Class does not implement inherited abstract member

Posted on 2007-10-12
Last Modified: 2008-07-22
My new derived class inherits from an abstract class.  In the abstract class, it has this method:

        public abstract bool Authorize(IPrincipal principal, string context);

I want to override this method because I want to implement it like this in my derived class:

        public override bool Authorize(IPrincipal principal, List<string> rightsRequested)
            do something

However I get the errors:

'Microsoft.Practices.EnterpriseLibrary.Security.VAuthorizationProvider.Authorize(System.Security.Principal.IPrincipal, System.Collections.Generic.List<string>)': no suitable method found to override

'Microsoft.Practices.EnterpriseLibrary.Security.VAuthorizationProvider' does not implement inherited abstract member 'Microsoft.Practices.EnterpriseLibrary.Security.AuthorizationProvider.Authorize

Where VAuthorizationProvider is my new class that inherits the abstract class AuthorizationProvider.cs

CAn you not override a class in an abstract class?  I would think this would be a common task?
Question by:dba123
    LVL 96

    Accepted Solution

    You need to match the method signature that you are trying to override, or the compiler cannot find a match, since you can have overloaded methods with different signatures.

    LVL 13

    Expert Comment

    try versioning

    public new bool Authorize(IPrincipal principal, List<string> rightsRequested)
                do something
    LVL 96

    Expert Comment

    by:Bob Learned
    Right, that would be shadowing, and not overriding.

    LVL 1

    Author Comment

    I tried that, in fact tried this:

    1            public new bool Authorize(IPrincipal principal, List<string> rightsRequested)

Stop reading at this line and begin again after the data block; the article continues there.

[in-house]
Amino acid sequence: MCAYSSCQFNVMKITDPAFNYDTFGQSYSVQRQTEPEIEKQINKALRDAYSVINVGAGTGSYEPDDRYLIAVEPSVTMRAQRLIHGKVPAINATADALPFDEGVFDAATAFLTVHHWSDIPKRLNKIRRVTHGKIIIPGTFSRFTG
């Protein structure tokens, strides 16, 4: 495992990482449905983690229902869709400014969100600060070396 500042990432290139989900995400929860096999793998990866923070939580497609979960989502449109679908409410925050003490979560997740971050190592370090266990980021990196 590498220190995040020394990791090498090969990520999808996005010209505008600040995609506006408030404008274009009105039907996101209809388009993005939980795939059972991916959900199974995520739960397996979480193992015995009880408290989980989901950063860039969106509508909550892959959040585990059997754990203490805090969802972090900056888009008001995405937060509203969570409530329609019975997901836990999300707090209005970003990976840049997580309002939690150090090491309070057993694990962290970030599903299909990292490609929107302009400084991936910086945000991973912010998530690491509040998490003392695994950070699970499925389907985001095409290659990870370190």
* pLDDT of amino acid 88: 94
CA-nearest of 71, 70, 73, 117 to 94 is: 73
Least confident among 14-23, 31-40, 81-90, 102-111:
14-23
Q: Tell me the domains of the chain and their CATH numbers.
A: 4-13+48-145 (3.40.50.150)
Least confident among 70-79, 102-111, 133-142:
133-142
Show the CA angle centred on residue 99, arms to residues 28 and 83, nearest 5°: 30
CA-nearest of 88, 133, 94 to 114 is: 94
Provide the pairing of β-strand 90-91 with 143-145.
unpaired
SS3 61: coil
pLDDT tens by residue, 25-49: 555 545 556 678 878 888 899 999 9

2            {
    3                bool result = false;
    5                if (principal == null) throw new System.ArgumentNullException("IPrincipal is null");
    6                if (rightsRequested.Count < 1) throw new System.ArgumentNullException("rightsRequested generic string is null");
    8                if (rightsRequested.Count == 1)
    9                {
    10                   dicRights[principal.Identity.Name].Contains(rightsRequested[0]);
    11               }
    13               return result;
    14           }
    16           public bool Authorize(IPrincipal principal, string context)
    17           {
    18               return false;
    19           }

    but that doesn't work for me, I get errors:

    Errors (what am I doing wrong?):

    Error 3 'Microsoft.Practices.EnterpriseLibrary.Security.VAuthorizationProvider' does not implement inherited abstract member 'Microsoft.Practices.EnterpriseLibrary.Security.AuthorizationProvider.Authorize(System.Security.Principal.IPrincipal, string)' C:\EntLib3Src\App Blocks\Src\Security\KUVAuthorizationProvider.cs 15 18 Security

    Error 2 Warning as Error: 'Microsoft.Practices.EnterpriseLibrary.Security.VAuthorizationProvider.Authorize(System.Security.Principal.IPrincipal, string)' hides inherited member 'Microsoft.Practices.EnterpriseLibrary.Security.AuthorizationProvider.Authorize(System.Security.Principal.IPrincipal, string)'. To make the current member override that implementation, add the override keyword. Otherwise add the new keyword.

    Error 1 Warning as Error: The member 'Microsoft.Practices.EnterpriseLibrary.Security.VAuthorizationProvider.Authorize(System.Security.Principal.IPrincipal, System.Collections.Generic.List<string>)' does not hide an inherited member. The new keyword is not required.

    Ok, I know that I have to satisfy the abstract class by implementing Authorize.  But I want to hide it and use my own Authorize signature (meaning arguments) where I'm passing a generic string and implementing it that way.  So what am I doing wrong here?
    LVL 96

    Expert Comment

    by:Bob Learned
    That means that you need to override the method with the exact signature.  It doesn't look like you can define your own method using generics for the arguments.

    LVL 13

    Expert Comment

    "By default, C# methods are not virtual  if a method is declared as virtual, any class inheriting the method can implement its own version. To make a method virtual, the virtual modifier is used in the method declaration of the base class. The derived class can then override the base virtual method by using the override keyword or hide the virtual method in the base class by using the new keyword. If neither the override keyword nor the new keyword is specified, the compiler will issue a warning and the method in the derived class will hide the method in the base class."

    IT would appear that the Authorize method in the base class has not been defined as virtual, thus you cannot provide your own version.

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